VIC Executor of a Will - Involved in Finalising Estate?

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15 April 2015
Hello. In VICTORIA, AUSTRALIA. Under what circumstances would the executor of a will become involved in the finalisation of my estate? I am a widower with no dependent children (one adult daughter). I am not in a de facto or partner relationship. I own my own home, valued at $350,000+, two small superannuation funds ($20,000+ total) and around $5000 in the bank. These are my only significant assets.


Hi Alpal,

An executor is a person that you appoint in your will to carry out your wishes after you die. If you do not appoint one, then the court will appoint an administrator, usually the major beneficiary, to carry out the terms of the will. If you are leaving everything to your adult daughter then it makes sense that she would be the sole executor and beneficiary of the will. You can also appoint the Public Trustee as executor of the will however they will charge a fee. A table of their fees can be downloaded here;

After you die, your executor will normally attend to paying for your funeral expenses etc. They will then be required to obtain probate on your will - which basically confirms it is your genuine last will and testament. With probate the executor then gains access your accounts and property and attends to the disbursement of the assets. If there is a sole executor/ beneficiary then they would close all your accounts and transfer title to all your funds and property to their own name.
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Tim W

LawConnect (LawTap) Verified
28 April 2014
While I defer to my Victorian colleagues for detailed commentary,
allow me to make a couple of points to prompt discussion.
I am a lawyer in NSW, not Victoria, so factor that in
when deciding how much notice to take of what I say here.
  1. While you remain alive.

    An executor's powers does not enliven* until your death.
    While you remain alive**, those powers are not operative.
    So, while you are alive, they do not have any power to do anything.

    It's important not to confuse the powers of executorship
    with those that come from holding Power of Attorney or
    being an Enduring Guardian (or whatever those offices are called in Victoria).
    You have not told us if you have appointed those.

  2. You can choose your own executor.

    A testator names their executor in their will. It's the testator's choice.
    It is usual to tell the executor in advance (ie while the testator is still alive).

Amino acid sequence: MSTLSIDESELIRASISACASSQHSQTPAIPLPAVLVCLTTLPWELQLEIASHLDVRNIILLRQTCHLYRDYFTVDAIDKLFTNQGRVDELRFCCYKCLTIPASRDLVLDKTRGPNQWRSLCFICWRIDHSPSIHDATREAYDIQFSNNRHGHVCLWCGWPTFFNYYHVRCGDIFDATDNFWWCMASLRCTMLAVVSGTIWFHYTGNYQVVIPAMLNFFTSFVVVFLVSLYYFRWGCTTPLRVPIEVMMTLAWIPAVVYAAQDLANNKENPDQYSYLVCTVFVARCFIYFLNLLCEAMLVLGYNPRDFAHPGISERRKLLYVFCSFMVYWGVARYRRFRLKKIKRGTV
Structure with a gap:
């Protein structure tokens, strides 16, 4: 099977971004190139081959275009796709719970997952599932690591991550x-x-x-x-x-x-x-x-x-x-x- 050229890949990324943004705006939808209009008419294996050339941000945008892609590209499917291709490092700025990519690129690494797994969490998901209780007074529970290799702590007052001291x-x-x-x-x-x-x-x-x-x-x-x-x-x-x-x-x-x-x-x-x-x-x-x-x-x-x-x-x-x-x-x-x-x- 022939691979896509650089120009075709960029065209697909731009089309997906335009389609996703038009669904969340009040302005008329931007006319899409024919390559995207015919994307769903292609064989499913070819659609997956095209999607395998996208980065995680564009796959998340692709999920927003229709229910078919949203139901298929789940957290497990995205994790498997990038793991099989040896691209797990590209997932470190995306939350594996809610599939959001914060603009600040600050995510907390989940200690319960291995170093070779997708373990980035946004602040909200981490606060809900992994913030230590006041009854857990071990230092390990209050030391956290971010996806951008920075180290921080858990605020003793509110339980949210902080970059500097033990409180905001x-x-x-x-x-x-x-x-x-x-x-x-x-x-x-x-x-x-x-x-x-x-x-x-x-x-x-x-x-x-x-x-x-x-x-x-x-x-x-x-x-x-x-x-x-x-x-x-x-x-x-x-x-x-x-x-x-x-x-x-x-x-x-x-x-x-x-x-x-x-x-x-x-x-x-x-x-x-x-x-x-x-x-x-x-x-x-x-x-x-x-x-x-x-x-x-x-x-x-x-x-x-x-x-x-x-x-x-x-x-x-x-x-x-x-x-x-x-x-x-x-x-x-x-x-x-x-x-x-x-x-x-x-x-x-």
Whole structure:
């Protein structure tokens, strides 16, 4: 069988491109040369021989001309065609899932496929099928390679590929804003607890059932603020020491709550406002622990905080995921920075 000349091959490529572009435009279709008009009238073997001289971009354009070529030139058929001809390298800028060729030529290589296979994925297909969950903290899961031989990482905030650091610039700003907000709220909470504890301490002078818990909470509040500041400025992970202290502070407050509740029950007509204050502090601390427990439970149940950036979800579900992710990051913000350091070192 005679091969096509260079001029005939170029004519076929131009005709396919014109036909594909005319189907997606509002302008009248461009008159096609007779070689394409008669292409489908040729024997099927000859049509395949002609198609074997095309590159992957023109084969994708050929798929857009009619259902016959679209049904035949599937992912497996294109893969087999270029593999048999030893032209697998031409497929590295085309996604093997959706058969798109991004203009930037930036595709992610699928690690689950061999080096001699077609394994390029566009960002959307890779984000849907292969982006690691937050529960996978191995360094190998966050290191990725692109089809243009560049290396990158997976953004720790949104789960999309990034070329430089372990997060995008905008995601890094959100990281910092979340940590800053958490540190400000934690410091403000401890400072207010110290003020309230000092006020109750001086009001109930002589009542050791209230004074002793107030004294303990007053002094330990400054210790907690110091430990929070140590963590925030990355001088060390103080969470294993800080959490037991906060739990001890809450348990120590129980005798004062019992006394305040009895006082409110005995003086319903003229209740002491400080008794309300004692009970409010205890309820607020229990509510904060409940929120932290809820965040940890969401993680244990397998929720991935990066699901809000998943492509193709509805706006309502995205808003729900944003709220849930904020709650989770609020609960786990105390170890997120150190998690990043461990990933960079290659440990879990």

In cases where there is a valid will, an adult descendant
    (even a "sole beneficiary") does not automatically become your Executor.
    Even if they are the only surviving relative.

    Nobody has a right to be an executor.

    You are entirely free to choose somebody who is not a relative, by saying so in your will.

    (Things can be different in an intestacy - a case where there is no valid will.
    That's why having a professionally drafted will is important,
    and why DIY Will Kits from the newsagent etc should be avoided).

  3. Even a sole beneficiary does not have to be executor.

    There can be circumstances where the sole beneficiary may be
    (either at law, or simply in your own opinion) unsuitable to be executor.

    For example, if the beneficiary
    • is a bankrupt; or
    • has been convicted of an offence (especially one of dishonesty); or
    • has a developmental or cognitive disability, such that the job may be beyond them; or
    • has a drug/ alcohol problem such that the job may be beyond them; or
    • has a medical condition (including mental health) that might make them unsuitable; or
    • is under a legal disability (eg in prison); or
    • and the testator are estranged; or
    • does not have your general confidence when it comes to doing the job:
      (eg something simple and anecdotal like "...has never been very good with money...", or
      "...could never stand up to <other relative>" or, "...isn't very good at hard decisions" ) etc; or
    • may be, in your view, influenced in their execution by somebody else (eg a spouse or partner).
Sometimes, there can be family law factors in play - such as where a person is not permitted (say, by court order), to contact another.

Sometimes, it can boil down to that you just don't like the idea, for whatever personal reason,
of it being them.
There is some really good (Victorian) stuff about wills and executorship here.

* Lawyer-speak for "come into effect"
** Even if your capacity is impeded at the end of life
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